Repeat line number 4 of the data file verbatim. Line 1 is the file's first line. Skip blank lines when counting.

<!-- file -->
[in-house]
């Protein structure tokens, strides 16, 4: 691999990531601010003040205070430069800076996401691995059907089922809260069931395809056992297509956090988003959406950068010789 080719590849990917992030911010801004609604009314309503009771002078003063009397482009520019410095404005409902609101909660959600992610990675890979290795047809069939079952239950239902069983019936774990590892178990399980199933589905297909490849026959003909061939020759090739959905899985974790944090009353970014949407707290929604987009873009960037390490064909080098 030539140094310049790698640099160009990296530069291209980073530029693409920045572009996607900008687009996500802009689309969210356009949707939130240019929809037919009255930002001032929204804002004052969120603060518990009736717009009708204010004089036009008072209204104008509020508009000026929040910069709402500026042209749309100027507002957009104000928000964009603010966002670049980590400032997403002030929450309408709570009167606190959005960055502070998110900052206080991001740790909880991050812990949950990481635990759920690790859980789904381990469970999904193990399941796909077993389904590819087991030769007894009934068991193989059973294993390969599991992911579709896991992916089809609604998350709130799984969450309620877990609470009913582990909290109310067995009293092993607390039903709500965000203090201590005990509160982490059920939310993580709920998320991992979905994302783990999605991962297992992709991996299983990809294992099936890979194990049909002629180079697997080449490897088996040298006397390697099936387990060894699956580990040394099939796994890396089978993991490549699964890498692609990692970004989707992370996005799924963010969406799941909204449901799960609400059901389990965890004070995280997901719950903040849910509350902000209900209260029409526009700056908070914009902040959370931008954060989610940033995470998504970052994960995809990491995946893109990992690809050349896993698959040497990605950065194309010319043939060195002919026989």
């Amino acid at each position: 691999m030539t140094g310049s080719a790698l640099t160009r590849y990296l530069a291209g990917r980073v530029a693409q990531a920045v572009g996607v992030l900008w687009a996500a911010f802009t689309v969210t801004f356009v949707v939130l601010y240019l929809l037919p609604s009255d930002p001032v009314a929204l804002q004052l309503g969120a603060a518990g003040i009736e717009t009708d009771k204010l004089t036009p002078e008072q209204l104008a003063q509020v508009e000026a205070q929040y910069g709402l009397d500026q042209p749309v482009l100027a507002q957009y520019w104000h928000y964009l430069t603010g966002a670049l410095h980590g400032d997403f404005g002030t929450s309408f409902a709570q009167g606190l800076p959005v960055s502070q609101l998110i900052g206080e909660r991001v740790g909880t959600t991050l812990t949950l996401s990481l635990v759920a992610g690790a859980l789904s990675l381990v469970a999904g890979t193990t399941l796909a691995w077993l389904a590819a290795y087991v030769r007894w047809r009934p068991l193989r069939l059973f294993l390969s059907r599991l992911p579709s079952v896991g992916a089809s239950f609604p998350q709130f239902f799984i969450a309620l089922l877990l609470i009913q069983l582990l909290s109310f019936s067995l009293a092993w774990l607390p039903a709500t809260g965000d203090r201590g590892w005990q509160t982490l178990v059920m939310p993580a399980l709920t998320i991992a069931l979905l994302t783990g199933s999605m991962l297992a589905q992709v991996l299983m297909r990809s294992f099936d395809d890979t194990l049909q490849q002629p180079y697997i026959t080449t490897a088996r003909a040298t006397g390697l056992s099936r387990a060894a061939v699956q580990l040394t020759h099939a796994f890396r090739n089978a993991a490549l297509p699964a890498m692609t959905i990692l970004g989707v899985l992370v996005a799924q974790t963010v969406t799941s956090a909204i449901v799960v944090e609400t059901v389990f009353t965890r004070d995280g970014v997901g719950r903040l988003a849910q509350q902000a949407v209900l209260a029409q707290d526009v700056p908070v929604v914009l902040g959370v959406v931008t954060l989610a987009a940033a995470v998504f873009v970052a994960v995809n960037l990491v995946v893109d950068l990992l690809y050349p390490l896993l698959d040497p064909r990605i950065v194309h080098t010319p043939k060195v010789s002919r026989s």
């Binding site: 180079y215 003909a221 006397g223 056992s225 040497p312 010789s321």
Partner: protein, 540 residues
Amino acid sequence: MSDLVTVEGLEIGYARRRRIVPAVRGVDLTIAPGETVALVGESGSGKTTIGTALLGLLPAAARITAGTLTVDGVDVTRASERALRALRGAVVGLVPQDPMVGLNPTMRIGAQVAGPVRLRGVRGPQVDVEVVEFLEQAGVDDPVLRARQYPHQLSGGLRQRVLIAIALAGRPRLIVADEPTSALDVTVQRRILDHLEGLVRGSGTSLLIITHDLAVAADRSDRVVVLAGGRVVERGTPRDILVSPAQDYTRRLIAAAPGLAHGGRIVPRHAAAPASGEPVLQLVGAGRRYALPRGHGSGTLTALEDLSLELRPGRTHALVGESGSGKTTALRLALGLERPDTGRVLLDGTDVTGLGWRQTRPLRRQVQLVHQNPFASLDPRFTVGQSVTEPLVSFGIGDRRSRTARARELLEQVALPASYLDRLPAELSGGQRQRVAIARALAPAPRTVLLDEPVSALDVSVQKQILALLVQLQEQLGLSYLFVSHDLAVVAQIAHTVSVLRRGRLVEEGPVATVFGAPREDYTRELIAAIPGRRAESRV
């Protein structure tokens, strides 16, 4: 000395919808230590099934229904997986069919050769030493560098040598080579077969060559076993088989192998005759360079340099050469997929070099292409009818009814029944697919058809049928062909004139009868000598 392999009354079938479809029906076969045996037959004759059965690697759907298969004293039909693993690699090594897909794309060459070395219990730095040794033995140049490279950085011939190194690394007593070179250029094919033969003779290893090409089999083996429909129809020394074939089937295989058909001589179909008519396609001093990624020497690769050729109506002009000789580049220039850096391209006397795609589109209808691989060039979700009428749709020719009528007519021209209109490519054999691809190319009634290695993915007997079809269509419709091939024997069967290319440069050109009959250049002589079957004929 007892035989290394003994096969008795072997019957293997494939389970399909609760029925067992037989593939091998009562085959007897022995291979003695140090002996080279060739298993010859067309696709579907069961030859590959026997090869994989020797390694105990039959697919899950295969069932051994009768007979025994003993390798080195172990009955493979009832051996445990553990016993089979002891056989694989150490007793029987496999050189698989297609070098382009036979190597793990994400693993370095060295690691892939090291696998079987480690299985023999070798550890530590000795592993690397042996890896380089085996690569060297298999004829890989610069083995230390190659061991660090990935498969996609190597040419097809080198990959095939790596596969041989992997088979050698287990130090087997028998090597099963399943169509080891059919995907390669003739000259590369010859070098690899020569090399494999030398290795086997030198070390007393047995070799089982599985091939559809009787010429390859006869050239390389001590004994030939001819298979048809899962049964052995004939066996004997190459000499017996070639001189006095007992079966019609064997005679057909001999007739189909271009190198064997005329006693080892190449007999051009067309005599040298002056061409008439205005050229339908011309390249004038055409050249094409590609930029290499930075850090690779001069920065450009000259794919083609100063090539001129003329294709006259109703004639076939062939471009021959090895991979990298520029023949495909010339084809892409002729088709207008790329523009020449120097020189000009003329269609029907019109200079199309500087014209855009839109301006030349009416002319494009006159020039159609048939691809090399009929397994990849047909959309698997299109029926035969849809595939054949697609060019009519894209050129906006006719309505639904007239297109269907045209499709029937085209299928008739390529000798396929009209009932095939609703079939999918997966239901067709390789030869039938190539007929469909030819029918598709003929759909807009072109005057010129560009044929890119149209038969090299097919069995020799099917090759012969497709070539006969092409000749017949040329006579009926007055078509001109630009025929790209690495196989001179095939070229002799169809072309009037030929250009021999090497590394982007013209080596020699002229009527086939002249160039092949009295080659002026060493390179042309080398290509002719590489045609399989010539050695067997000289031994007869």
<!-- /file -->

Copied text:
């Binding site: 180079y215 003909a221 006397g223 056992s225 040497p312 010789s321």